According to the World Health Organisation Europe, some 36 million Europeans – or one in 30 – may have experienced the so-called long COVID so far. Now a major Swedish research study will try to determine if Pfizer’s anti-viral Paxlovid has any effect on patients suffering from long COVID.
Researchers at the Karolinska University Hospital and the medical university The Karolinska Institute, KI are doing a clinical randomised study, and the trial started this summer.
“We will be excited to see the first results at our half-time evaluation later this autumn,” Petter Brodin, a paediatrician and professor in immunology who leads the research project at KI, told Euractiv.
He and the team will have more validated data to present next spring.
Long COVID is a broad diagnosis that covers a range of lasting symptoms – for example, fatigue, fevers, cognitive problems, pain, and cardiovascular complications. Its causes are still being explored.
It is “a glaring blind spot in our knowledge, that urgently needs to be filled,” Hans Kluge, WHO regional director for Europa, said in a speech this summer, where he also stated that estimates now show 36 million people in Europa might have experienced long COVID so far.
Long COVID can lead to serious and chronic health problems, burdening all aspects of people’s lives, including work and productivity, and adding pressure on health systems.
“The uncertainty about this condition highlights the need for an assessment of various aspects of health systems which may not yet be fit for purpose to face the emerging burden from long COVID,” an expert panel on effective ways of investing in health reported last year.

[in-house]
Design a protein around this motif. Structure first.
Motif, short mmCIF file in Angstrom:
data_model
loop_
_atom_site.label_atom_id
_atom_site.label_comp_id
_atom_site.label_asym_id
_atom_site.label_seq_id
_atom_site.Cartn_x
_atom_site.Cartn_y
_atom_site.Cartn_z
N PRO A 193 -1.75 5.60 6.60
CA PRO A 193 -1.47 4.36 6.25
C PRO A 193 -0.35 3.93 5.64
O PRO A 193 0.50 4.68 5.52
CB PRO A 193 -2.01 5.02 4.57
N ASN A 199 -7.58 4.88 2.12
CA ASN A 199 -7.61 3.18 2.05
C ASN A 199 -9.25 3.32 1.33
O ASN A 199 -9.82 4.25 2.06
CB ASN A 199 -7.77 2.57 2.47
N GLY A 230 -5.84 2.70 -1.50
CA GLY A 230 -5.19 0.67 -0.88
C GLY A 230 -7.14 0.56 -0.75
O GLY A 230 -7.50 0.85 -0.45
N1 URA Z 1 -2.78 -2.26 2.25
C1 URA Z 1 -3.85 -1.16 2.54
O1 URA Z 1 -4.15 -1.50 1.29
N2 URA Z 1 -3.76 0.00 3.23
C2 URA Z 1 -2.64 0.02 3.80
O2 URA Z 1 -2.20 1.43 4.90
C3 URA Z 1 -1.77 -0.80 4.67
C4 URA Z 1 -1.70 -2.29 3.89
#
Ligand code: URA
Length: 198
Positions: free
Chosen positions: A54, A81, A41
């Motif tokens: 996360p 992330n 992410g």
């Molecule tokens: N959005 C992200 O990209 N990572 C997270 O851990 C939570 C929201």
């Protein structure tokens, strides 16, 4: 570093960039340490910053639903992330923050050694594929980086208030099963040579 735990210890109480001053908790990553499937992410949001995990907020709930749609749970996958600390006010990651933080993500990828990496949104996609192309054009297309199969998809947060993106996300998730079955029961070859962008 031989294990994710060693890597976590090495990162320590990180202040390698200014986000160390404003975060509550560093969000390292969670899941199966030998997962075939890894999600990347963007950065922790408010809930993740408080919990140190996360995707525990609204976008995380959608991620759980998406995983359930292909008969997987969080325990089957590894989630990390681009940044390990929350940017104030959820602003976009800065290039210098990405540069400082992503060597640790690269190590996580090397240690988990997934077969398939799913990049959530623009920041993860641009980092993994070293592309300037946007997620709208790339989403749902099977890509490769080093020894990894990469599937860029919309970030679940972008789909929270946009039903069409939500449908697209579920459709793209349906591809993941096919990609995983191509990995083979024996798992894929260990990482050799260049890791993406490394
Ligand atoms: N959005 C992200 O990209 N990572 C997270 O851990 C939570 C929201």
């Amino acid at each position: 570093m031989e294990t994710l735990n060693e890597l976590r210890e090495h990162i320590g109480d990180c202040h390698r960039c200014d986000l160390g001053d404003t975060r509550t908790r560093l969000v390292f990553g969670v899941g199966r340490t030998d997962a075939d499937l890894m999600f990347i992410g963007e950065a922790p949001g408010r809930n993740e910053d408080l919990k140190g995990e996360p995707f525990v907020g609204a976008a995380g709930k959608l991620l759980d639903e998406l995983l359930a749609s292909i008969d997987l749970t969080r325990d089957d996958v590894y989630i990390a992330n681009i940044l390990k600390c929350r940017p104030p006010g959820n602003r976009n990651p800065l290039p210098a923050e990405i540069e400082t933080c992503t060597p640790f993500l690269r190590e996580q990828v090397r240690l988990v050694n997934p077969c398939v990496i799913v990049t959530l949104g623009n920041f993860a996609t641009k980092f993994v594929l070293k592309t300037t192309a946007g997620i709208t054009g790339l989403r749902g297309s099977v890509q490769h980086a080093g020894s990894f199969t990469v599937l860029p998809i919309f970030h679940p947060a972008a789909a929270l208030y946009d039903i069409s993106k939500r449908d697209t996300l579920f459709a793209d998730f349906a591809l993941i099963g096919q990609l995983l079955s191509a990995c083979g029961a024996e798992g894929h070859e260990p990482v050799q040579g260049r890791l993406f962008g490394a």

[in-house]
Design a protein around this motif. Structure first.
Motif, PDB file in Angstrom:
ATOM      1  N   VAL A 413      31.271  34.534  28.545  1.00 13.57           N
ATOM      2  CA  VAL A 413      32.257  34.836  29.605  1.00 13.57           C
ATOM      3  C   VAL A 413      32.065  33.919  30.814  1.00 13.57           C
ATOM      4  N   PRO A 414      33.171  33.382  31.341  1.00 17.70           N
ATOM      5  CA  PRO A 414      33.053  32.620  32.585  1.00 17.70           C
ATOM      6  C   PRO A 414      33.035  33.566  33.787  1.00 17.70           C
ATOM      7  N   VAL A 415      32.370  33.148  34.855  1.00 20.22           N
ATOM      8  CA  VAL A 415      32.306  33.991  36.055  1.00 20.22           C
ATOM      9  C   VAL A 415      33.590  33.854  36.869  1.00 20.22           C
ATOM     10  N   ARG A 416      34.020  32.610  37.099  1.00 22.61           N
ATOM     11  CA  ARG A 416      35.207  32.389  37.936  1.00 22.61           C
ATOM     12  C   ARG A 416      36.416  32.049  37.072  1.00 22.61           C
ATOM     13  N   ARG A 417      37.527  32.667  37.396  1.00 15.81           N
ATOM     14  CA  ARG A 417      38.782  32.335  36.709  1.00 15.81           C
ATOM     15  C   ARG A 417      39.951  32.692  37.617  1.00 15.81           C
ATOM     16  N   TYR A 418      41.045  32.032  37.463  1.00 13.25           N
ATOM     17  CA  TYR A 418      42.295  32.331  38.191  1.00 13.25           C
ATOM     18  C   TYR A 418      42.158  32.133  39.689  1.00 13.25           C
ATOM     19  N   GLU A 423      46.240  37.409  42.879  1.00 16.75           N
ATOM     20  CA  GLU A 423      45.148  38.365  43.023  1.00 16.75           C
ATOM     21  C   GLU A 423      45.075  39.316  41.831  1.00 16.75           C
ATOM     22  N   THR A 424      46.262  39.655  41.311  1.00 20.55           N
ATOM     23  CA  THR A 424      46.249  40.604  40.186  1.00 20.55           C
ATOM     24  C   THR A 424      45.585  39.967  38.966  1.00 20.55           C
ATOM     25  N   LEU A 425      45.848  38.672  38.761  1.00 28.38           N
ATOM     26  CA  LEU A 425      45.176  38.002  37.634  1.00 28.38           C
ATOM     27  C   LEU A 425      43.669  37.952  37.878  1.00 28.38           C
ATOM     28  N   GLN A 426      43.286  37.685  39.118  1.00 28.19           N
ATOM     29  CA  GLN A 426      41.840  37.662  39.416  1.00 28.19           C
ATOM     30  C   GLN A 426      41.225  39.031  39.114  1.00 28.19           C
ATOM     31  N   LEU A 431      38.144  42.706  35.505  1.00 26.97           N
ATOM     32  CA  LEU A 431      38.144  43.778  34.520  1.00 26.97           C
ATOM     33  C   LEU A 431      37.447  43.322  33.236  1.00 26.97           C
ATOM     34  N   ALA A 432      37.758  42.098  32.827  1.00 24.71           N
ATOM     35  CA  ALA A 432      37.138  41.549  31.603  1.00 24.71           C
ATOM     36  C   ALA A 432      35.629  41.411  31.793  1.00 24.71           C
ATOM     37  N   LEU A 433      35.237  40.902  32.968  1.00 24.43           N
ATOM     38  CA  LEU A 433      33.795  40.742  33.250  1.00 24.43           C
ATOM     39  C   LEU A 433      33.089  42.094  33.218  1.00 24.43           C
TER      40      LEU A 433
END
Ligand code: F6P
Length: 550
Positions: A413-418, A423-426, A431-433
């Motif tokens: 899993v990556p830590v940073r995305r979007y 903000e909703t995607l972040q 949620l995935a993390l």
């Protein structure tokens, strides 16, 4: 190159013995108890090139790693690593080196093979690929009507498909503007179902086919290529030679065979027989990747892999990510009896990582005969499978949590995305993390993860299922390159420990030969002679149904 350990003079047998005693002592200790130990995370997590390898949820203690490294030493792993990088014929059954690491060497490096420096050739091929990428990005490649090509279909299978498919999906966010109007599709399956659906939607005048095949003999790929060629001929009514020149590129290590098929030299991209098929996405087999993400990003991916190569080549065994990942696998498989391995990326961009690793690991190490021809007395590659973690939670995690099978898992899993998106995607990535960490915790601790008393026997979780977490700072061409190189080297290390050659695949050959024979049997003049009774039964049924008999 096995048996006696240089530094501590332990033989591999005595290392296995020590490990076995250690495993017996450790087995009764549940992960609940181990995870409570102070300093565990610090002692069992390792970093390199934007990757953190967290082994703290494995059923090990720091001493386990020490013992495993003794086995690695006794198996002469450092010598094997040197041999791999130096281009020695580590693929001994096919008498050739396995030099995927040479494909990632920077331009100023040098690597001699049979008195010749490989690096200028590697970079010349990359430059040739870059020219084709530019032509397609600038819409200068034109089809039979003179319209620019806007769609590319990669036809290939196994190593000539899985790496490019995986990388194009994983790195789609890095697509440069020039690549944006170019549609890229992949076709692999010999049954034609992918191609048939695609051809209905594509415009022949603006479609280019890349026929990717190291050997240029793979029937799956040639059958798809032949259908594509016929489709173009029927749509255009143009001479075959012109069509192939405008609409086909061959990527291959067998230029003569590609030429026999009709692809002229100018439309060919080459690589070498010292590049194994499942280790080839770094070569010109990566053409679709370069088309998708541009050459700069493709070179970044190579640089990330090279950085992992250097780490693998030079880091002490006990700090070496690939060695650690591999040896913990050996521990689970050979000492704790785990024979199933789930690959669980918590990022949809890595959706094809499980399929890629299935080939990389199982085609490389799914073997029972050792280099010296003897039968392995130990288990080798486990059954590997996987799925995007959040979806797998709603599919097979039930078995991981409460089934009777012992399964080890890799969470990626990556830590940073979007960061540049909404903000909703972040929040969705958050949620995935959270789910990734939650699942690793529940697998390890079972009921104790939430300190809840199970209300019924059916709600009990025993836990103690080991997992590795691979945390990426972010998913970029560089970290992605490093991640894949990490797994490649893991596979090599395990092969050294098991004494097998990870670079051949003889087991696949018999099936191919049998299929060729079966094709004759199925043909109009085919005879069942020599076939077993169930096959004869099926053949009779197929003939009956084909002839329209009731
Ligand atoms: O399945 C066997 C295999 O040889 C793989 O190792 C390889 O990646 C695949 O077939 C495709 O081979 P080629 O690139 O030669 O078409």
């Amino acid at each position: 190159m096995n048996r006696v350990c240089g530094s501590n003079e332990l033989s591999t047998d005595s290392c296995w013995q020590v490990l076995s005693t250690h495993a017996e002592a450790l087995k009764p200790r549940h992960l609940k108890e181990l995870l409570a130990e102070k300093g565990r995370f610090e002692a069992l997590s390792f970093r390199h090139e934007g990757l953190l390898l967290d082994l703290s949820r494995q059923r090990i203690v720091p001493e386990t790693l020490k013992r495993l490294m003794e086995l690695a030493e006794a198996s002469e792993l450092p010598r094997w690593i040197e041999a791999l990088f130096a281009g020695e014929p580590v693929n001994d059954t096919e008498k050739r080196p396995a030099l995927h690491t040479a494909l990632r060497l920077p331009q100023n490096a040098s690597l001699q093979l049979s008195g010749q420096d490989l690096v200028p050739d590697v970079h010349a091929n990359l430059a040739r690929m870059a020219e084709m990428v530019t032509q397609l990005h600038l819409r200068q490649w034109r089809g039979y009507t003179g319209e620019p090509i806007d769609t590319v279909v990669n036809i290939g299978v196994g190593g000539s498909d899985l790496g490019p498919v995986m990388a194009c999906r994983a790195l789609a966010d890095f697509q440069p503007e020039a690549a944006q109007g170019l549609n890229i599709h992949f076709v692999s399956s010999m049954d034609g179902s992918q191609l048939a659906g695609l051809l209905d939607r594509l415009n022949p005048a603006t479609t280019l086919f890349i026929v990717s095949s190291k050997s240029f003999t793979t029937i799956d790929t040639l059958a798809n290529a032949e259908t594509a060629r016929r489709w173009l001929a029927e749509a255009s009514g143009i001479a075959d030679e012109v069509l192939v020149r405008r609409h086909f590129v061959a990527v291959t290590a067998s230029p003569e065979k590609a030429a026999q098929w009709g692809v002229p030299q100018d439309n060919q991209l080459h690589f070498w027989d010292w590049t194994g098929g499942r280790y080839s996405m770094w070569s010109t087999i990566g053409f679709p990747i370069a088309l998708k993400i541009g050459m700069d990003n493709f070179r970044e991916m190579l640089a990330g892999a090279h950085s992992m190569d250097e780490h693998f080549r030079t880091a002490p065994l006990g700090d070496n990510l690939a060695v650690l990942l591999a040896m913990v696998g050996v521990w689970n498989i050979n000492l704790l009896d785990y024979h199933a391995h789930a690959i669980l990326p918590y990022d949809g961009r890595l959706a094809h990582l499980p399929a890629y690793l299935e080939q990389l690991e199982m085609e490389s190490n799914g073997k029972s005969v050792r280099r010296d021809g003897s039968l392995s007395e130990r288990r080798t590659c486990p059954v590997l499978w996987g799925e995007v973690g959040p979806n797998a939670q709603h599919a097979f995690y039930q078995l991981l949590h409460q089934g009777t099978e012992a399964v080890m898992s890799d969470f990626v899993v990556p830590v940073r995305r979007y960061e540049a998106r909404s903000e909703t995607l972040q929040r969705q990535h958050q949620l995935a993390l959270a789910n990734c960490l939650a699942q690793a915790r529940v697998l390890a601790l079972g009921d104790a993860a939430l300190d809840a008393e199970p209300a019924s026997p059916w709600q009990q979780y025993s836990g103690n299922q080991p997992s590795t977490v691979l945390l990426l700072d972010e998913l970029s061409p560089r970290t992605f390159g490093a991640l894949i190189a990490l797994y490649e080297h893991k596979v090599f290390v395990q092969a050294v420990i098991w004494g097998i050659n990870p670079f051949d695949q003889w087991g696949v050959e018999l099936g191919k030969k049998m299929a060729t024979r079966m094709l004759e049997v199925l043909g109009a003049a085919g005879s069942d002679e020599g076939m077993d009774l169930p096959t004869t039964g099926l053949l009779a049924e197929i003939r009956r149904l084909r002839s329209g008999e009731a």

Fighting long COVID with antivirals
Paxlovid (nirmatrelvir and ritonavir) reduces the sars-cov2-virus’s ability to replicate itself in the body. It got approval in Europe last year for treating adults with acute COVID-19 infection. One dose consists of three oral pills.
In Sweden, the antiviral is covered by national subsidies and primarily recommended for risk groups. A possible complication is the interaction with other pharmaceuticals.
Now the drug is being tested off-label in a trial at the Karolinska University Hospital, with 400 participants who have long COVID and “objectively measurable organ damages” after COVID infections, said Petter Brodin. Of the cohort, two-thirds are given the antiviral and one-third a placebo.
The hypothesis is that the Sars cov-2 virus is clinging onto body tissue, plasma and organs. Coronavirus has for example been found in brain tissue and glands.
If the drug is to work for long Covid patients, the residual virus must replicate in the cells. “If the virus just stays still in the body, the treatment won’t work, Petter Brodin explains to Euractiv.
Meanwhile, patient organisations are welcoming the study.
Lisa Norén is a Swedish general practitioner and a spokesperson for the Swedish COVID Association and the network of long COVID-affected doctors –“Physician to physician”.
She developed the long COVID symptoms in April 2020 when she started to experience respiratory distress and chest pains. Before the infection, she had run 20 marathons.
“This is the first time in Sweden that researchers are trying to treat long COVID with a drug rather than by rehabilitation, so it’s very welcomed by us in the patient organisation and the doctor’s network,” she told Euractiv.
Norén is excited about the trial but cautioned that “Paxlovid might not be a remedy for all. Long Covid likely has several different causes that differ between those affected”.
But there is a chance that it might help some patients, primarily those in whom the virus remains present in their organs.
The Stockholm office of the manufacturer Pfizer Sweden closely follows and sponsors the study. Christian Gerdesköld Rappe, a medical expert in the division of infectious diseases products at the Pfizer office, declined to speculate whether Paxlovid may have any effect on those with long COVID.
“But the trial is very exciting, and we are happy to have such a highly considered gang of researchers on-site at the Karolinska Institute to do the study,” he said.